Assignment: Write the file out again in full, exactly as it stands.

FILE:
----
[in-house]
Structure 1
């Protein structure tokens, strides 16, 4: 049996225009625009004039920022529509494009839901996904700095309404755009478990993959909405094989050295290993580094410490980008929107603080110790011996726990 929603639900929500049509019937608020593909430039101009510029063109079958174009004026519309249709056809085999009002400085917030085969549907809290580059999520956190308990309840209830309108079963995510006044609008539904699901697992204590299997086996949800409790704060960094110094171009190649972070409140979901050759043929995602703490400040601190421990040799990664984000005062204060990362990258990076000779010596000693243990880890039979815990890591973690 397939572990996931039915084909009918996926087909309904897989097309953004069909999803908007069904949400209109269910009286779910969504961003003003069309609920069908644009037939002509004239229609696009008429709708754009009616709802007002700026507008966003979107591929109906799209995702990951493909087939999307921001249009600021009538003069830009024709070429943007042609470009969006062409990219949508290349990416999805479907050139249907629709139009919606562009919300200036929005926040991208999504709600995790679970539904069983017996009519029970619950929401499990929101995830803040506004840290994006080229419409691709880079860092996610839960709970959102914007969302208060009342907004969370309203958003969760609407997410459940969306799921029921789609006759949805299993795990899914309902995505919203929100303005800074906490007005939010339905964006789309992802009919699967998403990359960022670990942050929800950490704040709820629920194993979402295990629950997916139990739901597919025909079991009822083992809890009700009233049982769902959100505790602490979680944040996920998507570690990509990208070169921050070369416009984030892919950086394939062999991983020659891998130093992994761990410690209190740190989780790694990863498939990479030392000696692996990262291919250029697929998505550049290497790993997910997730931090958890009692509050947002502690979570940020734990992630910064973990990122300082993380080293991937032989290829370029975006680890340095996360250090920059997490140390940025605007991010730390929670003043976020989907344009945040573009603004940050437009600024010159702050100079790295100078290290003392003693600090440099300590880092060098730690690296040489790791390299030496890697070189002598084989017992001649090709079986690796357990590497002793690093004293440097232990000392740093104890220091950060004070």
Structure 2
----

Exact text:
[in-house]
Structure 1
């Protein structure tokens, strides 16, 4: 049996225009625009004039920022529509494009839901996904700095309404755009478990993959909405094989050295290993580094410490980008929107603080110790011996726990 929603639900929500049509019937608020593909430039101009510029063109079958174009004026519309249709056809085999009002400085917030085969549907809290580059999520956190308990309840209830309108079963995510006044609008539904699901697992204590299997086996949800409790704060960094110094171009190649972070409140979901050759043929995602703490400040601190421990040799990664984000005062204060990362990258990076000779010596000693243990880890039979815990890591973690 397939572990996931039915084909009918996926087909309904897989097309953004069909999803908007069904949400209109269910009286779910969504961003003003069309609920069908644009037939002509004239229609696009008429709708754009009616709802007002700026507008966003979107591929109906799209995702990951493909087939999307921001249009600021009538003069830009024709070429943007042609470009969006062409990219949508290349990416999805479907050139249907629709139009919606562009919300200036929005926040991208999504709600995790679970539904069983017996009519029970619950929401499990929101995830803040506004840290994006080229419409691709880079860092996610839960709970959102914007969302208060009342907004969370309203958003969760609407997410459940969306799921029921789609006759949805299993795990899914309902995505919203929100303005800074906490007005939010339905964006789309992802009919699967998403990359960022670990942050929800950490704040709820629920194993979402295990629950997916139990739901597919025909079991009822083992809890009700009233049982769902959100505790602490979680944040996920998507570690990509990208070169921050070369416009984030892919950086394939062999991983020659891998130093992994761990410690209190740190989780790694990863498939990479030392000696692996990262291919250029697929998505550049290497790993997910997730931090958890009692509050947002502690979570940020734990992630910064973990990122300082993380080293991937032989290829370029975006680890340095996360250090920059997490140390940025605007991010730390929670003043976020989907344009945040573009603004940050437009600024010159702050100079790295100078290290003392003693600090440099300590880092060098730690690296040489790791390299030496890697070189002598084989017992001649090709079986690796357990590497002793690093004293440097232990000392740093104890220091950060004070």
Structure 2